The dilemma faced by progressive Muslim Americans

A huge amount of media attention has been given to the short speech by Khizr Khan, with his wife Ghazal Khan by his side, on the last night of the Democratic convention.

Khan, whose son, Army Capt. Humayun Khan, 27, died from a suicide bombing in Baghdad 12 years ago, said Trump’s shifting proposals to ban Muslims from entering the country would have prevented his late son from serving in the military. The Khans, originally from Pakistan, immigrated to the United States in the 1970s from the United Arab Emirates.

Here is the speech.

While the speech was welcomed by most Muslim Americans, many of whom smart under the sting of prejudice, there was also some ambivalence about it seeming to provide unconditional support for American militarism.

“I think it was an incredibly moving moment,” said Zareena Grewal, a professor at Yale University and author of “Islam is a Foreign Country.”

“Khizr and Ghazala Khan paid the ultimate price and moved the crowd and those of us at home with one of the simplest but most powerful testimonies at the DNC. I was touched by their love for their son and their country and their defiant conviction in American values.”

At the same time, Grewal said she was troubled that anti-war chants were silenced at the convention, and she, like many American Muslims, opposed the Iraq war in which Khan’s son died. Last September, four of Grewal’s family members — all innocent civilians — died in American-led airstrikes in Mosul, Iraq.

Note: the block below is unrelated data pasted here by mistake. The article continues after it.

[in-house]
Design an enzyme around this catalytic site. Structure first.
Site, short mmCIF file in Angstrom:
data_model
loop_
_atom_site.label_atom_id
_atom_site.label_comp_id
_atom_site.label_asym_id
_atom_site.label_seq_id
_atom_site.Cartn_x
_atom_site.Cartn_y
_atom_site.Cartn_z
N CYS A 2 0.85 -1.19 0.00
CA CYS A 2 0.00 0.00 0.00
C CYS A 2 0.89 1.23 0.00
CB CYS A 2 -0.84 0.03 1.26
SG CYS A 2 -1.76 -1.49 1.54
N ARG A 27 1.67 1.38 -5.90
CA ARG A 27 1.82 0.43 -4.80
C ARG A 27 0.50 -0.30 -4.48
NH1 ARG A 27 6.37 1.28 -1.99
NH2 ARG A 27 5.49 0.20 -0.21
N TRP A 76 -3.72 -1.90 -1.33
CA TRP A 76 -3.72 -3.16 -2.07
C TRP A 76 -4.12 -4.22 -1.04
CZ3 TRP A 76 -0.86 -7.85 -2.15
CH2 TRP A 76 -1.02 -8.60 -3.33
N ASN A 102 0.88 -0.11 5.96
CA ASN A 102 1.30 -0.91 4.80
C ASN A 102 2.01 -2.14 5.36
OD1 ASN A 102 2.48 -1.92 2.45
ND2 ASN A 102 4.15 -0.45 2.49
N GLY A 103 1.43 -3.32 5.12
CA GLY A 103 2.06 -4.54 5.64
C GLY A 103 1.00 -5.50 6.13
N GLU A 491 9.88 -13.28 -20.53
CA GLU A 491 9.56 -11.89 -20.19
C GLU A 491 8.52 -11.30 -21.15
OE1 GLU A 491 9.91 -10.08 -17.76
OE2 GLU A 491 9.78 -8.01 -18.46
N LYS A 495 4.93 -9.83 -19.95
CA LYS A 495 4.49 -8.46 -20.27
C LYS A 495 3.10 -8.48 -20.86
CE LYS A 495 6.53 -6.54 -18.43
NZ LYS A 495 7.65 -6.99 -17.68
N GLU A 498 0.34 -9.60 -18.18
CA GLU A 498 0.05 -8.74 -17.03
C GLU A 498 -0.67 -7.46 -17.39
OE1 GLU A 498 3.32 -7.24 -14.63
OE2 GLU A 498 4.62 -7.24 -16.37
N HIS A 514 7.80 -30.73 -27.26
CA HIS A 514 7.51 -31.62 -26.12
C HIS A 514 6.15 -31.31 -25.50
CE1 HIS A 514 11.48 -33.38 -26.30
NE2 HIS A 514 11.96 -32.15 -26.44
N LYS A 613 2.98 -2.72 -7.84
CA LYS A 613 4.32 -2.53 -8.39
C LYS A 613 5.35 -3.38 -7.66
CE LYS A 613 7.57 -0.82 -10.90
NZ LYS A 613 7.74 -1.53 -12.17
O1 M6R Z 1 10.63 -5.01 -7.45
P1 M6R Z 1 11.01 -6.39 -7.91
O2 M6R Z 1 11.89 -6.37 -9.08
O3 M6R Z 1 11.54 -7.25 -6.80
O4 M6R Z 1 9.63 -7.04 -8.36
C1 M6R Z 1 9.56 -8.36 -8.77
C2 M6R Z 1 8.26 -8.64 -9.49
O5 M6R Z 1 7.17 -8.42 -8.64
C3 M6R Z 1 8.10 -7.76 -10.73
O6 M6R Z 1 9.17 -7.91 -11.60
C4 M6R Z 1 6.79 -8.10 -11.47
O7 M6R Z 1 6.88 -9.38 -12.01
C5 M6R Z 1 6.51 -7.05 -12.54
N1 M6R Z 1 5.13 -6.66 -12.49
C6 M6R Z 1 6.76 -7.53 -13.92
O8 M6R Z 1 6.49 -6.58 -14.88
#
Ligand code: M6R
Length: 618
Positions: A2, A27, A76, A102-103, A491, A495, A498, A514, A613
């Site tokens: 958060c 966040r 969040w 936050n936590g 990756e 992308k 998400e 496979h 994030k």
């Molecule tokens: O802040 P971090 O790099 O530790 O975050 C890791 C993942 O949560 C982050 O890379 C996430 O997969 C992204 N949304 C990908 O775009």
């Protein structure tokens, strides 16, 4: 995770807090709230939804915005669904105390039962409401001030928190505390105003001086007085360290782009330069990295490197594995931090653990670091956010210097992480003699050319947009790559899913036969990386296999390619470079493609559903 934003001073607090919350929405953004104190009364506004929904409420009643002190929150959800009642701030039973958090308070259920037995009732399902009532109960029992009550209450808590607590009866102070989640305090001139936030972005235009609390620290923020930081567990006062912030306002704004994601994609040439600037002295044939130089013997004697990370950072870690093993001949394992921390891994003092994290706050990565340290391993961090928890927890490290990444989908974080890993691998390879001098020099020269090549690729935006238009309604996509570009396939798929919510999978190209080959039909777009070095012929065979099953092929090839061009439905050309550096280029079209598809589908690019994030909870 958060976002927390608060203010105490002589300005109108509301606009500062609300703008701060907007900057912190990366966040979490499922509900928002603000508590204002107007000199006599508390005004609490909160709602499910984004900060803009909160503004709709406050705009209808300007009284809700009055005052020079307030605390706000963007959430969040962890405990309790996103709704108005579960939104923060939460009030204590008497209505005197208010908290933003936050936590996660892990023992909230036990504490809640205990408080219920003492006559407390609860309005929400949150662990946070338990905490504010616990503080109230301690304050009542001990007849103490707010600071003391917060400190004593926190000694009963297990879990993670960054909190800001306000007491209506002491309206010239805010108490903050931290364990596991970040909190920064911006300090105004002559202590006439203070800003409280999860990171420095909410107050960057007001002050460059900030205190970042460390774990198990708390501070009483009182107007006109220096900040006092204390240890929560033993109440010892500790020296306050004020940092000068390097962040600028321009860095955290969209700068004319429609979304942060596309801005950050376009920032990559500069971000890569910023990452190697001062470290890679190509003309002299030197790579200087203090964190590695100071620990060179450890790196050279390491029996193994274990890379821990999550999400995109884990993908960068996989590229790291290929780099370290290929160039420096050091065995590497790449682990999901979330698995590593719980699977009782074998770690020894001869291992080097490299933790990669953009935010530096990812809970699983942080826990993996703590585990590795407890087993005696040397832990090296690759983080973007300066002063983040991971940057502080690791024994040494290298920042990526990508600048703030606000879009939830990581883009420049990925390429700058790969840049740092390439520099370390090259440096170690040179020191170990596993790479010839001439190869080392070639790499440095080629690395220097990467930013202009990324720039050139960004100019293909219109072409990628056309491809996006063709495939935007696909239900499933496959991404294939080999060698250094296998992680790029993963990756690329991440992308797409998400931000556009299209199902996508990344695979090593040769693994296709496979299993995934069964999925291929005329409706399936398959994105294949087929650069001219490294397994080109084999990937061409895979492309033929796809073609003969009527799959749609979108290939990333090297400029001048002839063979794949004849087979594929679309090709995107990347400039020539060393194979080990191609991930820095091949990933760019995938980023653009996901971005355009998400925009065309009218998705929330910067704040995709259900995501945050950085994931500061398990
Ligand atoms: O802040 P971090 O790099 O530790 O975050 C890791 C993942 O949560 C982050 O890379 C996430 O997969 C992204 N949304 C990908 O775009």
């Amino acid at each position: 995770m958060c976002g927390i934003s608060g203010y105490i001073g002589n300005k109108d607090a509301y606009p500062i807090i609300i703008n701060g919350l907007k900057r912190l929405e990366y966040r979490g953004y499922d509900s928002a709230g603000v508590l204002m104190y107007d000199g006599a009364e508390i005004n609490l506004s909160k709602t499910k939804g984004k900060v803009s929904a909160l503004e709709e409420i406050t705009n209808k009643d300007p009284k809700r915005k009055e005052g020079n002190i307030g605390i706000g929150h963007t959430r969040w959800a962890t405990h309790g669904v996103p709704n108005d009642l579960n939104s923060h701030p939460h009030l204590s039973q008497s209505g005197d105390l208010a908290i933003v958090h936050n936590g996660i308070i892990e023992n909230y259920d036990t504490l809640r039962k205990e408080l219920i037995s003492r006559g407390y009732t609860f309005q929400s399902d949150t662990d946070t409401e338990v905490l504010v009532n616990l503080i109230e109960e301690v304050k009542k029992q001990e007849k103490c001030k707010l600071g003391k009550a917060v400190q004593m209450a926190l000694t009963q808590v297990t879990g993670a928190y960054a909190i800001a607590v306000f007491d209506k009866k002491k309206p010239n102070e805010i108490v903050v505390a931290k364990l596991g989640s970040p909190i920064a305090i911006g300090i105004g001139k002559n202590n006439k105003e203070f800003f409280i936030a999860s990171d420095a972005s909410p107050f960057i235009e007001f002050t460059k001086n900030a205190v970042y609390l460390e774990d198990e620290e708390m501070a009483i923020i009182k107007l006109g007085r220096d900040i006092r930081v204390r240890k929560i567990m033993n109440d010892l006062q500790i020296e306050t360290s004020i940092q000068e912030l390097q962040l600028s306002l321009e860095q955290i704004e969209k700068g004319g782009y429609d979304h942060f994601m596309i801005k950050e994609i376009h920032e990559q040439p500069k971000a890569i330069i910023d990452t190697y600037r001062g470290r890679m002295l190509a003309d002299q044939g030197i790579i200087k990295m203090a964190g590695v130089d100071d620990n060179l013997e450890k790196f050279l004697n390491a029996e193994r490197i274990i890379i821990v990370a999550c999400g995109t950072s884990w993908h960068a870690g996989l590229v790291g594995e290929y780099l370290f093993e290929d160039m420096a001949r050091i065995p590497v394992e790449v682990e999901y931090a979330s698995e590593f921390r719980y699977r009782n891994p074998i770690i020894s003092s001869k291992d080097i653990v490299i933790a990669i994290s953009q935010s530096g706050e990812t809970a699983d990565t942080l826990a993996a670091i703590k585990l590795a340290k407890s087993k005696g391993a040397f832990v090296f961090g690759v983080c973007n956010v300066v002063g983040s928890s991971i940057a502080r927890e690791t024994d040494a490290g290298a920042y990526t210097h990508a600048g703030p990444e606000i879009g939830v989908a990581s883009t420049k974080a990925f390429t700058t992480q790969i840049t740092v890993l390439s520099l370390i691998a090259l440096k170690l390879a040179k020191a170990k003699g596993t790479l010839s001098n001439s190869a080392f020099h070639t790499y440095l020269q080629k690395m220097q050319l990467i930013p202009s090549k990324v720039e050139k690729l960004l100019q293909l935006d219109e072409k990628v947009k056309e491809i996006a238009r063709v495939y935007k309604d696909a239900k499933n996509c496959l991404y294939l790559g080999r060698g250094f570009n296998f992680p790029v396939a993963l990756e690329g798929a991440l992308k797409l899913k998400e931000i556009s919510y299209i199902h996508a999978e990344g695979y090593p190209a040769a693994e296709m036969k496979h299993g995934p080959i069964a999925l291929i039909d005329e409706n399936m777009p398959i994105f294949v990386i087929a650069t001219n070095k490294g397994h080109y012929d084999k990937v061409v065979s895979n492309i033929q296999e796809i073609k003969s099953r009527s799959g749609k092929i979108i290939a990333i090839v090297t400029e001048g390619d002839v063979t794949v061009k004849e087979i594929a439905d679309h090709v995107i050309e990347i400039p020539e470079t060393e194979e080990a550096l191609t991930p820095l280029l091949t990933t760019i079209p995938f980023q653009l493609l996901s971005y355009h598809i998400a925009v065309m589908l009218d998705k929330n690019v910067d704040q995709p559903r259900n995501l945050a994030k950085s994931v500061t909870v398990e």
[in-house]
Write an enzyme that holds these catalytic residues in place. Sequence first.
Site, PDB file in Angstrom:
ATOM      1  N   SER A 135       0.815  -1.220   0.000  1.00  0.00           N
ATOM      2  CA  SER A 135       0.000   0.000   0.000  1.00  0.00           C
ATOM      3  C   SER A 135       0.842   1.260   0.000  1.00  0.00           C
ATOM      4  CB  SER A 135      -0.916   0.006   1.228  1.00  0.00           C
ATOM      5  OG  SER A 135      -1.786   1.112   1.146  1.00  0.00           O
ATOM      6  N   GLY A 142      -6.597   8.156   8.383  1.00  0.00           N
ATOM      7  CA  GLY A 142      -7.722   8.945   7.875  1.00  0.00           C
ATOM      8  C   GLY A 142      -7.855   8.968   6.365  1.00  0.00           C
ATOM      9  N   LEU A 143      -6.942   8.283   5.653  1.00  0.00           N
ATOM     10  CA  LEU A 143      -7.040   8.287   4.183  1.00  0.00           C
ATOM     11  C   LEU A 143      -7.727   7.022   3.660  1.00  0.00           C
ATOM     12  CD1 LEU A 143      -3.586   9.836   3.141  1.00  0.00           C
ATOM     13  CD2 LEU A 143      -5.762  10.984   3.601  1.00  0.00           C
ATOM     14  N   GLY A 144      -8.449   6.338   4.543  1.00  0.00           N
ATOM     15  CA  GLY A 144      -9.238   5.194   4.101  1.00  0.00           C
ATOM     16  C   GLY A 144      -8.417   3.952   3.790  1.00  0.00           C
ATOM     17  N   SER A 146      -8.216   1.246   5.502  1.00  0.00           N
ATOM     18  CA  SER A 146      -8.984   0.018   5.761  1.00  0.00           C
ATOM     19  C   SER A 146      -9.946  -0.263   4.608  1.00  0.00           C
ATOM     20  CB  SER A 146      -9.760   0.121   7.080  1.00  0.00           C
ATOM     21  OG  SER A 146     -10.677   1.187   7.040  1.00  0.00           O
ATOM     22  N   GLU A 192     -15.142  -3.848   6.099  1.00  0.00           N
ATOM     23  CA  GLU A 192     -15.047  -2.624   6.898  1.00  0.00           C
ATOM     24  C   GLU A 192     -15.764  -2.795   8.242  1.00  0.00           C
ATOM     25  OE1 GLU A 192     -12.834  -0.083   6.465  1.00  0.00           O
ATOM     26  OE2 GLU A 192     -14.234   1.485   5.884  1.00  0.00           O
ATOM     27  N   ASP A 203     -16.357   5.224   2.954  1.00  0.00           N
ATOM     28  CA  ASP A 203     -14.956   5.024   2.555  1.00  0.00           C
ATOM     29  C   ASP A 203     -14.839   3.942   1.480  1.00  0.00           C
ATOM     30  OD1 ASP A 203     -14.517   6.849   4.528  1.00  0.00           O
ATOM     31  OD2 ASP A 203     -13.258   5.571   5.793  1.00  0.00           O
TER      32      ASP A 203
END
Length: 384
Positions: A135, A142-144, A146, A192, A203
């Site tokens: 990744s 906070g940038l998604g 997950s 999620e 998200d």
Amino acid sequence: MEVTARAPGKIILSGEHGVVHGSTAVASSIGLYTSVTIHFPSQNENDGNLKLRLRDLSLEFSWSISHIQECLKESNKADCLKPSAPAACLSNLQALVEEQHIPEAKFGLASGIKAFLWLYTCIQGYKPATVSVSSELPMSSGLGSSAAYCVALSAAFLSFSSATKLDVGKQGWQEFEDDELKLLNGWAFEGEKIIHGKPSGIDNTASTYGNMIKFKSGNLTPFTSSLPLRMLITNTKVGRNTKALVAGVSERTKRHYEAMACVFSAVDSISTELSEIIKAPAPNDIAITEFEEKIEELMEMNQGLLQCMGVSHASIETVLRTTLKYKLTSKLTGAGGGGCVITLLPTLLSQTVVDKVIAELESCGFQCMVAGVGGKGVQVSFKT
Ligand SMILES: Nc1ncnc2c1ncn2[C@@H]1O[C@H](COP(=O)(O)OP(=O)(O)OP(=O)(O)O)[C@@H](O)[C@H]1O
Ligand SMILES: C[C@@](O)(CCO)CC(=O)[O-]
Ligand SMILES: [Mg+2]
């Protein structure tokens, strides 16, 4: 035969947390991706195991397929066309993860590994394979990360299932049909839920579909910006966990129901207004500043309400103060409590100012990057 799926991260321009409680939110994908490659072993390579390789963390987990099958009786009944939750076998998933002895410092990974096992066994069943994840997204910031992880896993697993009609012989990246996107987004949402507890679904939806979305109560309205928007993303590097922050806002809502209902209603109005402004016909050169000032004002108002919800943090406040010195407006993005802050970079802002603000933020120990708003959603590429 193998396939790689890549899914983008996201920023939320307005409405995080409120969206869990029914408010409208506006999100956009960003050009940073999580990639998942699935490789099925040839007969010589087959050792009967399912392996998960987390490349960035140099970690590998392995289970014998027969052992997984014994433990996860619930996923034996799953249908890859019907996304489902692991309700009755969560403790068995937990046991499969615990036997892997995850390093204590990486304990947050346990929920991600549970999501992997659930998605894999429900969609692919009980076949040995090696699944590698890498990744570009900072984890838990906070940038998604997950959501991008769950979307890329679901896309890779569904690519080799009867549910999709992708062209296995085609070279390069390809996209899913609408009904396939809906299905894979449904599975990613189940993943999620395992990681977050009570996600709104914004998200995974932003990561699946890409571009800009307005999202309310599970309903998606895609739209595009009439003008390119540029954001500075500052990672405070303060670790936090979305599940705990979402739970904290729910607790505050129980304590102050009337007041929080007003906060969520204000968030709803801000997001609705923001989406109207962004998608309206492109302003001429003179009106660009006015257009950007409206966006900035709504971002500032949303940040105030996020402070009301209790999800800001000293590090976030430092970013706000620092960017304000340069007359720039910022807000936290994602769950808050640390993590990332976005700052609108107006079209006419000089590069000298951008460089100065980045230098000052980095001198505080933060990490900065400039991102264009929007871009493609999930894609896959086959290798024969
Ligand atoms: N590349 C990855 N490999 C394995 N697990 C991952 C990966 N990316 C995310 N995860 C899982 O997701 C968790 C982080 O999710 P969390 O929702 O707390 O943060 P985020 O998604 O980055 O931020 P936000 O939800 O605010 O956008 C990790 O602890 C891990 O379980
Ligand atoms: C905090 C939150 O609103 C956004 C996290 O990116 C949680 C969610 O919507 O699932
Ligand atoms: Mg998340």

“I hope there is still room in the DNC for anti-war progressives such as myself. And I wonder if American Muslims who are anti-war pacifists can be seen as patriotic, or if we only want Muslims to be peaceful when they oppose terrorism, but not when they oppose violent U.S. foreign policies, including the hawkish policies Clinton too often supports,” Grewal said.

Progressive Muslim Americans like Grewal are in an unenviable position, having to walk a very fine line of avoiding being seen as fifth columnists while not being supportive of militarism.


  1. V. Amarnath says

    Choosing to join military for economic or other reasons (my father was an officer in Indian Air Force) should not be equated to militarism. Decision to go to war is made by people outside the military.

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